The chaos that was Kansas between 1855 and 1858 had a tremendous impact upon the entire nation. The Whig Party disintegrated under the pressure of the slavery controversy, while the Democratic Party split into feuding sectional factions, and the Republican Party was born.
Politicians suddenly found themselves without political campgrounds. Political reputations were made and unmade when prominent national leaders paid the price of their inability to resolve the sectional disputes while facing challenges from rising young political men in the new lands of the western plains.
The nation seemed to be drifting off course, and human beings wondered about the fate of a nation, which had apparently lost control of its own destiny.
The “Bleeding Kansas Affair” was staged on the plains of the Kansas Territory but had its beginnings in the East. The proslavery interests were determined to have their way in Kansas regardless of the methods used.
When, the dark, curly-haired politician’s politician, Franklin Pierce, failed to rise to the leadership expected of a president, both sides, proslavery and anti-slavery, fought over the speakership of the House of Representatives, membership on the territorial committee of both Houses of Congress, and conducted a rancorous debate on the Kansas issue.
Crimes against Kansas
The Kansas issue reached a climax in Washington, D.C., May 19-20, 1856, when Sen. Charles Sumner of Massachusetts spoke for five hours from 112 printed pages on the “crimes against Kansas.”
Polished to a sheen, the oration denounced, among others, Andrew Butler of South Carolina in the most offensive language and charged the state of South Carolina with “shameful imbecility during the American Revolution.”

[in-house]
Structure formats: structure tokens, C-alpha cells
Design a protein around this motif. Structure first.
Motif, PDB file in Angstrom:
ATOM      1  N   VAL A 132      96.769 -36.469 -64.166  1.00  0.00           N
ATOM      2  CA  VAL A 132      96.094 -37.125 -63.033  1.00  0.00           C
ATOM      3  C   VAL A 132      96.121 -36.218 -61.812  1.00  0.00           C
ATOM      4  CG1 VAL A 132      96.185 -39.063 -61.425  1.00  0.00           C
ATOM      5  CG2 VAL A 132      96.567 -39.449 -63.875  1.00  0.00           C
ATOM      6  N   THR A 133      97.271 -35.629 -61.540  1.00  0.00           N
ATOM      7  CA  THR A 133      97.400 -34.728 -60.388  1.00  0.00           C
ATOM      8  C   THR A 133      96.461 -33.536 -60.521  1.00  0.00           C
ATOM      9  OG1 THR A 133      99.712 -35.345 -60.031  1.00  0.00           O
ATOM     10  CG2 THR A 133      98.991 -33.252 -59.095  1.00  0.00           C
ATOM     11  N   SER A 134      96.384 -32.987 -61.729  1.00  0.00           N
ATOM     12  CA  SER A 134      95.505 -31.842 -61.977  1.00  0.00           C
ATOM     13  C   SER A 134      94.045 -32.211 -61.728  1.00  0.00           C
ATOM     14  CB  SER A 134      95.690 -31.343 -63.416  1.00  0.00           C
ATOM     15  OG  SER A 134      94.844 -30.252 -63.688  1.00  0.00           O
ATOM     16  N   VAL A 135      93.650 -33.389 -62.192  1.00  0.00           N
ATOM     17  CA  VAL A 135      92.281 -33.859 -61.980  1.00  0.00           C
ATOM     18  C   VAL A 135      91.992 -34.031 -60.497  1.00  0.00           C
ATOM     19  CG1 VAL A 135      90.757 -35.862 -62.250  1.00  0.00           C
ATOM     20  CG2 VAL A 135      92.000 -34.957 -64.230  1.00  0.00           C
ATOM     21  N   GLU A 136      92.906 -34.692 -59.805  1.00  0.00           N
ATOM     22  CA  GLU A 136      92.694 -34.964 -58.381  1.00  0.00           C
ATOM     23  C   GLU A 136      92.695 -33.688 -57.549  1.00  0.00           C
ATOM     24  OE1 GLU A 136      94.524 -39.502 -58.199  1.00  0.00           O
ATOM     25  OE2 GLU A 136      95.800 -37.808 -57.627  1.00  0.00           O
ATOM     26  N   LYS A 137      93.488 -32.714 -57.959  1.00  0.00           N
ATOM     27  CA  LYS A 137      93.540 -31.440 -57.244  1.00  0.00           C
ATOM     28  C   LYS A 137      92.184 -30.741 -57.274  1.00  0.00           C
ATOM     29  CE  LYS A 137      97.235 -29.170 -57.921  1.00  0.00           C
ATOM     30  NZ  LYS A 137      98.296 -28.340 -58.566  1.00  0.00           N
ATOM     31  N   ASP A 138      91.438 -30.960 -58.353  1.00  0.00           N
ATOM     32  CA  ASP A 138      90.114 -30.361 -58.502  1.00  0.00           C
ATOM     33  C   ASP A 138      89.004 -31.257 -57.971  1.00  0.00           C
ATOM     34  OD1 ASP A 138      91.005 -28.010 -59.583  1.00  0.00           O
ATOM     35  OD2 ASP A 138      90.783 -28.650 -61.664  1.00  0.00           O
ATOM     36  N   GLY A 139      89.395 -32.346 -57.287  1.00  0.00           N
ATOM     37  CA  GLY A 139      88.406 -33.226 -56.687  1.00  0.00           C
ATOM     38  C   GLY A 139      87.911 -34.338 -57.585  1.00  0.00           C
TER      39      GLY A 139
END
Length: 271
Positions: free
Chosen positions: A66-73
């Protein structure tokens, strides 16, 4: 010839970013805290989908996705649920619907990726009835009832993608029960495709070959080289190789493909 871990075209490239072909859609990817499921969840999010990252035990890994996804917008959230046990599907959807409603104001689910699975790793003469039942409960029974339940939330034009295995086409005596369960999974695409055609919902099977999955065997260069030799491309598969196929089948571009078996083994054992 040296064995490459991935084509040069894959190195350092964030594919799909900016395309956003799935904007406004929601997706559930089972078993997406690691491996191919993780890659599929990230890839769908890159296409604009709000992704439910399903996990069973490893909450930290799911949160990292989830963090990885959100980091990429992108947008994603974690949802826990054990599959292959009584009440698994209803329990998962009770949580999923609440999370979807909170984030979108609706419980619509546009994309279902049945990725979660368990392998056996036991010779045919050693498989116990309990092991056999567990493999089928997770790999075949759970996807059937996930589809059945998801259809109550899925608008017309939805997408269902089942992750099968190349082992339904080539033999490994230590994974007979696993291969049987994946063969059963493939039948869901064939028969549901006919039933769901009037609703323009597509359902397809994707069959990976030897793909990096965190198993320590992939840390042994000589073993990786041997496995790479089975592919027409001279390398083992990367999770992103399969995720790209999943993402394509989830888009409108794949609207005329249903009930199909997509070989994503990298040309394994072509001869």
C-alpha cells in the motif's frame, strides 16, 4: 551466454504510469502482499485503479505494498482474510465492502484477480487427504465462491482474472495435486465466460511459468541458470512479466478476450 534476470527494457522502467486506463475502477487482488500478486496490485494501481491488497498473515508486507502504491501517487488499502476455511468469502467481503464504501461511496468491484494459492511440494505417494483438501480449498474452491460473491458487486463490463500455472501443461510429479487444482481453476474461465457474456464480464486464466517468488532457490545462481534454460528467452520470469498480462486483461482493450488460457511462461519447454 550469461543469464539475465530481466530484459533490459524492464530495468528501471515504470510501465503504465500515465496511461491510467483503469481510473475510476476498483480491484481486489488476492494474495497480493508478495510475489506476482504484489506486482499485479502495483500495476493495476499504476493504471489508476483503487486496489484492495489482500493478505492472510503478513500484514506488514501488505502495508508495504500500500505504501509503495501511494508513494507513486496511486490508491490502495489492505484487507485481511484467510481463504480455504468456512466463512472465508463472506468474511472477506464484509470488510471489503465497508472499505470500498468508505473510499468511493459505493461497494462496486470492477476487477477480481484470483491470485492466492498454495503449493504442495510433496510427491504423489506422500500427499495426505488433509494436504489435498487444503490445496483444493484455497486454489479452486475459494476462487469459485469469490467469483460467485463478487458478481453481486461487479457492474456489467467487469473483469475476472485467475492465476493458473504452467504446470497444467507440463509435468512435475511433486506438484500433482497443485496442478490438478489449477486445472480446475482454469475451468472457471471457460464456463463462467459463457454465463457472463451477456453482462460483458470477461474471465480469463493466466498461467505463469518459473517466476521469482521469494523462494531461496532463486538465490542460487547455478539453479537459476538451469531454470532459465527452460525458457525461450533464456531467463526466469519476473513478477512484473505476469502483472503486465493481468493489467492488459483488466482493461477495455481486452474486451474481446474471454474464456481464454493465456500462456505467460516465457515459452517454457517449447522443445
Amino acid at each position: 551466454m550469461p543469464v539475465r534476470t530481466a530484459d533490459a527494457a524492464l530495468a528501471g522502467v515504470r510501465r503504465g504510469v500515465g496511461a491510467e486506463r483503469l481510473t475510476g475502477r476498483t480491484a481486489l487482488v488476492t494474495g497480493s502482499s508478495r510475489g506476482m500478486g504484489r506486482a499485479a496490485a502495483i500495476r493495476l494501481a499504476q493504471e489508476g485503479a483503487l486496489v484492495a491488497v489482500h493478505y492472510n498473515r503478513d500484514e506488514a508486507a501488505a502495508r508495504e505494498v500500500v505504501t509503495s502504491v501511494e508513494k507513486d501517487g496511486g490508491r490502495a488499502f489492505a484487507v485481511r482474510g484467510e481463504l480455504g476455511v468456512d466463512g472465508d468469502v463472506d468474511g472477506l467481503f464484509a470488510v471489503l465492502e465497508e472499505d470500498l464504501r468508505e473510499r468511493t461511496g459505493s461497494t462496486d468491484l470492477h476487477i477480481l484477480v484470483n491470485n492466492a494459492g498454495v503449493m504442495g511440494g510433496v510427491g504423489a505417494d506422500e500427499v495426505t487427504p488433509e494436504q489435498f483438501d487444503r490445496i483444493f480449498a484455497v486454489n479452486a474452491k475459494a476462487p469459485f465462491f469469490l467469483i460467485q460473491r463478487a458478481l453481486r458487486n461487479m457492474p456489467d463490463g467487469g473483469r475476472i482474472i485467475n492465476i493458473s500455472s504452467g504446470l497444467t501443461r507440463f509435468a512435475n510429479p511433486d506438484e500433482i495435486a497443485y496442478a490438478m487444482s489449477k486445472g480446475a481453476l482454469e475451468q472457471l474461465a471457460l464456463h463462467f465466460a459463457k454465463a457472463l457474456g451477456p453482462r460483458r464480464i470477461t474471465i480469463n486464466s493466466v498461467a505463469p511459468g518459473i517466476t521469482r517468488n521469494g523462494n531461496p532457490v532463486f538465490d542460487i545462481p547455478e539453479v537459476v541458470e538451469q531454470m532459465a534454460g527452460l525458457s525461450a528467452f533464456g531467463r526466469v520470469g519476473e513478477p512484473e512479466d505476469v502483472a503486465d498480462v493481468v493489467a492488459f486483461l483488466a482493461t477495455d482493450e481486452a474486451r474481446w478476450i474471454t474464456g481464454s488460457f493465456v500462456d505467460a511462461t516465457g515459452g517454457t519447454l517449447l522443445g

Southerners felt the sting of Sumner’s remarks. Preston Brooks, a freshman Congressman from South Carolina and relative of Butler, decided to take action.
A day after the Sumner speech, Brooks approached the senator from Massachusetts at his desk, upbraided him for his slanderous language and then beat him with a gutta-percha cane over his head until he fell to the floor stunned and bloodied.
The injuries inflicted were so serious that Sumner was unable to return to the Senate for three years, and his health was permanently impaired.
Out on the plains, the Kansas Territory opened for settlement in 1854 and a contest began between groups supporting slavery (mainly from Missouri) and settlers from the Northeastern states who were Free-Soilers.
Since the Missourians were closest, they seized control of the territorial government and enacted a proslavery legislature. President Pierce and his successor, James Buchanan of Pennsylvania, accepted the proslavery Kansas Constitution and committed the Democratic Party to the admission of Kansas as a slave state.
The dominance of slave supporters soon dwindled as settlers from free states found their way into the territory. By September 1855, there were sufficient Free-Soilers in Kansas to enable them to repudiate the territorial legislature, organize a Free-Soil Party, and call for a constitutional convention to gather in Topeka.
In January 1856, Territorial Gov. Charles Robinson and a legislature were elected under a Free-Soiler Constitution. Kansas was now saddled with two governments — one supported by slavery and the Buchanan Administration and the other represented by anti-slavery sentiment and representing a majority of the people in the territory.